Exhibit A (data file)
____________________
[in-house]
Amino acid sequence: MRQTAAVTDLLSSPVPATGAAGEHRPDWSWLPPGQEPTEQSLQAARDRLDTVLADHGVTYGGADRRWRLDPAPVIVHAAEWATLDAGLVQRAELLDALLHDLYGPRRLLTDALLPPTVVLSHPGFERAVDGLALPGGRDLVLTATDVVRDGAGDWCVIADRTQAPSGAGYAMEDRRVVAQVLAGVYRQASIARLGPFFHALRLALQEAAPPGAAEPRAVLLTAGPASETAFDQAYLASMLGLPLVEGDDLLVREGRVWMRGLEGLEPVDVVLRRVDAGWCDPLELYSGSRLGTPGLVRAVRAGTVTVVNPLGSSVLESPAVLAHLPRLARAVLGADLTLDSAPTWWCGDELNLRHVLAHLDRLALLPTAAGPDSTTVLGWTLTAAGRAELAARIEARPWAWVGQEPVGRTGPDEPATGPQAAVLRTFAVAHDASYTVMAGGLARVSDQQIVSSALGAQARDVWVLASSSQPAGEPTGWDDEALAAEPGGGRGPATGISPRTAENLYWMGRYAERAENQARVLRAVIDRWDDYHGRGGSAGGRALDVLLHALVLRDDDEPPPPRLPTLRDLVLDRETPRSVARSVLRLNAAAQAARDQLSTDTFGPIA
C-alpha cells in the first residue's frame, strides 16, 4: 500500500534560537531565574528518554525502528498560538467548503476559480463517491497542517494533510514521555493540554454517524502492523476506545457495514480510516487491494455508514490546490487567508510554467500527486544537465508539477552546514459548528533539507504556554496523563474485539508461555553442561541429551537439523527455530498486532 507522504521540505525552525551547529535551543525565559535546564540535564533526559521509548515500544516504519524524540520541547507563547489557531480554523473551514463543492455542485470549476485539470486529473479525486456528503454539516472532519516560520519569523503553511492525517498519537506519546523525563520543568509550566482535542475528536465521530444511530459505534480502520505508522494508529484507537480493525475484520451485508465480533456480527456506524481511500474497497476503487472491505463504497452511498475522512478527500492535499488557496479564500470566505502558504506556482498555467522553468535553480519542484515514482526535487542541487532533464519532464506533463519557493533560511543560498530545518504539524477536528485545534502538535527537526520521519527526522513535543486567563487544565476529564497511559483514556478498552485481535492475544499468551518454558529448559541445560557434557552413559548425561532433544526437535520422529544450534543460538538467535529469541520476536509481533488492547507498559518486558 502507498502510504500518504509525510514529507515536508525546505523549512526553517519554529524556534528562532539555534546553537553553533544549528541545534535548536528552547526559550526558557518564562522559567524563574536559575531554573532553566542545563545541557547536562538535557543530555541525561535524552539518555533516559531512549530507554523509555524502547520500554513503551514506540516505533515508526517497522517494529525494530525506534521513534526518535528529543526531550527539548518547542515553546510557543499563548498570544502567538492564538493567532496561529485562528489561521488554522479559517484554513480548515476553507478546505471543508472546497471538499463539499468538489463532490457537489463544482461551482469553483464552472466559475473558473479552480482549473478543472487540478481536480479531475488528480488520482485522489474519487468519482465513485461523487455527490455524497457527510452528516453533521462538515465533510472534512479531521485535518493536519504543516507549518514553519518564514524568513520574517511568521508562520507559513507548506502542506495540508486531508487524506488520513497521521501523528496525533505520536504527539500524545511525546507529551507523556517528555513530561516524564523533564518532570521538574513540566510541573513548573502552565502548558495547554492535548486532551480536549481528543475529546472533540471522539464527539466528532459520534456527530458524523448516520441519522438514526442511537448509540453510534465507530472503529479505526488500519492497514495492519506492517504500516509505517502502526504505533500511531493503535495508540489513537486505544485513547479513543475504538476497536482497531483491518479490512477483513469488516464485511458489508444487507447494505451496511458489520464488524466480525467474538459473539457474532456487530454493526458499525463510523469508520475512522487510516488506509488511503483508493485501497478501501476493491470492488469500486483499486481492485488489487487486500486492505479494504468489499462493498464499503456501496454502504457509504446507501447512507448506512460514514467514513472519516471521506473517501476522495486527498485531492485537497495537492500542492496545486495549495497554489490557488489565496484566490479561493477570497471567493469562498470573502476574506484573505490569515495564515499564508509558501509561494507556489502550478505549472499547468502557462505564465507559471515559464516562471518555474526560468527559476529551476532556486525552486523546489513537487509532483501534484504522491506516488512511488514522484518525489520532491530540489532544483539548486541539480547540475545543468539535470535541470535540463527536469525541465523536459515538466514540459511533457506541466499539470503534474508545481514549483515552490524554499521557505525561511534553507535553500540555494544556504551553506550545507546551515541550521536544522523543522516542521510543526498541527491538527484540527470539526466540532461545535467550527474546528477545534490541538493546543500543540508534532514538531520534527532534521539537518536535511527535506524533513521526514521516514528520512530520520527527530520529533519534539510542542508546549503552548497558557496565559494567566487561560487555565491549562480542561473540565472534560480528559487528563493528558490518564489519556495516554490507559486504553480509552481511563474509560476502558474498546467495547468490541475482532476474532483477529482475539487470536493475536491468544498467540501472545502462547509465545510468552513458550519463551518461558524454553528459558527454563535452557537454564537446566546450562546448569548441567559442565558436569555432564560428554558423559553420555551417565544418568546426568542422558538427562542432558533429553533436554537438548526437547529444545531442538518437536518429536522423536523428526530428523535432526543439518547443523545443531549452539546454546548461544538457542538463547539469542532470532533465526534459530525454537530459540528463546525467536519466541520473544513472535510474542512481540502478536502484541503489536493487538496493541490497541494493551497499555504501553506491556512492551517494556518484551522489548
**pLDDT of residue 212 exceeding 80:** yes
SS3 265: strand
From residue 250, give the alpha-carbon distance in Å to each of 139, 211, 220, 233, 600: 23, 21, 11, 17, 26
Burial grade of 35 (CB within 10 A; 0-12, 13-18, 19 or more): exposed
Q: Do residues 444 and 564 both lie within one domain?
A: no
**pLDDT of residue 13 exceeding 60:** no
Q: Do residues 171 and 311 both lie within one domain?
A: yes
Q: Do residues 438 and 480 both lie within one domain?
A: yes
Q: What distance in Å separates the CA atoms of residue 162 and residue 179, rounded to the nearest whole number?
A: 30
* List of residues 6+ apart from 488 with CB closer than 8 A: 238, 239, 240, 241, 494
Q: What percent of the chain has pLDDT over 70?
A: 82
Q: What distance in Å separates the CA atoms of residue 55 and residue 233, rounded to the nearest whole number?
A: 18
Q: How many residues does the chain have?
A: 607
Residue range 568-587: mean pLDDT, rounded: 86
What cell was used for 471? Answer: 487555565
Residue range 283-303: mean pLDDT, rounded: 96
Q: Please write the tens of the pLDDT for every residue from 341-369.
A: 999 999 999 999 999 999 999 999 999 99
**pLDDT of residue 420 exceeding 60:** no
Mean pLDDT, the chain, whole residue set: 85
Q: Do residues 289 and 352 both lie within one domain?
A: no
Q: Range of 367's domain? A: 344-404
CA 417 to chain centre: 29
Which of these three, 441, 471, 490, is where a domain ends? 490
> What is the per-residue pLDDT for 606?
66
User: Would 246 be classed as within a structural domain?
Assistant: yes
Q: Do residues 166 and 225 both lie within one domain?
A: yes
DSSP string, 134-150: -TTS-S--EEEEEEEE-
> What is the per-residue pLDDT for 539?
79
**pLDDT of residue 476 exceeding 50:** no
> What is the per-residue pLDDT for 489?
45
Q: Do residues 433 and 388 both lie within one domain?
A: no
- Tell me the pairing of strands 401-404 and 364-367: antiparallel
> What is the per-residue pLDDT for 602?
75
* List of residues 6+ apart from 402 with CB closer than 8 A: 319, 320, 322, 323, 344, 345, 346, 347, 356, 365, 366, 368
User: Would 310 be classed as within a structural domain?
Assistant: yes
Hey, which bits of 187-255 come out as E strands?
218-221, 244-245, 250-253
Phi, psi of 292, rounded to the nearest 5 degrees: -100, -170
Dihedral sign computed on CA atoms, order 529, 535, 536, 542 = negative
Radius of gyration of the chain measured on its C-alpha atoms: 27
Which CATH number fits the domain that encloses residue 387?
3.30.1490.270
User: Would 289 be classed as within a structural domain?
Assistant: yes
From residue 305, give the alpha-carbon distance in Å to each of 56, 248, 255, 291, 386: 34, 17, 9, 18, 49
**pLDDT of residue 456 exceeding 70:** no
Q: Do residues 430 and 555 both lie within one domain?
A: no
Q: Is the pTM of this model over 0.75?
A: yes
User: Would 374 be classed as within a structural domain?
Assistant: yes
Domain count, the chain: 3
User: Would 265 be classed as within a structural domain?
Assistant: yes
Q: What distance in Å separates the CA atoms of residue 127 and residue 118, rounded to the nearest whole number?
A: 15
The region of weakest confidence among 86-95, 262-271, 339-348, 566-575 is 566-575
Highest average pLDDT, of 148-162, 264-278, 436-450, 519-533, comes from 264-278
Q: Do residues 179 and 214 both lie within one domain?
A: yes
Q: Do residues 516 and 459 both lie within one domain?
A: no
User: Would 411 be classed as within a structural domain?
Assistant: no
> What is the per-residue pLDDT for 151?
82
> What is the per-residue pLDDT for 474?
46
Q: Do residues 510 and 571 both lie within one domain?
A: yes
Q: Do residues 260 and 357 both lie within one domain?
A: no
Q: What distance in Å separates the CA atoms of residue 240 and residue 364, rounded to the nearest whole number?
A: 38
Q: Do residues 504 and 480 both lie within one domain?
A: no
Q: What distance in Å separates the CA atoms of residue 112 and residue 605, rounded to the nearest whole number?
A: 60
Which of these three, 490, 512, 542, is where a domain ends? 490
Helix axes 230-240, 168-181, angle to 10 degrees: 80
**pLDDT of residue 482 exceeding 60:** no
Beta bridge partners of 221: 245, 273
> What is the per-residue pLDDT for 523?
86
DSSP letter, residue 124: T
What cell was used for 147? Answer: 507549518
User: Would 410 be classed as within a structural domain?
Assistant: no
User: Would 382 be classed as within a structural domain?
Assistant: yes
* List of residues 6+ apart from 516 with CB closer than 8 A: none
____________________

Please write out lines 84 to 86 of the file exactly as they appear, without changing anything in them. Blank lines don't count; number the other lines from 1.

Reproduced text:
User: Would 411 be classed as within a structural domain?
Assistant: no
> What is the per-residue pLDDT for 151?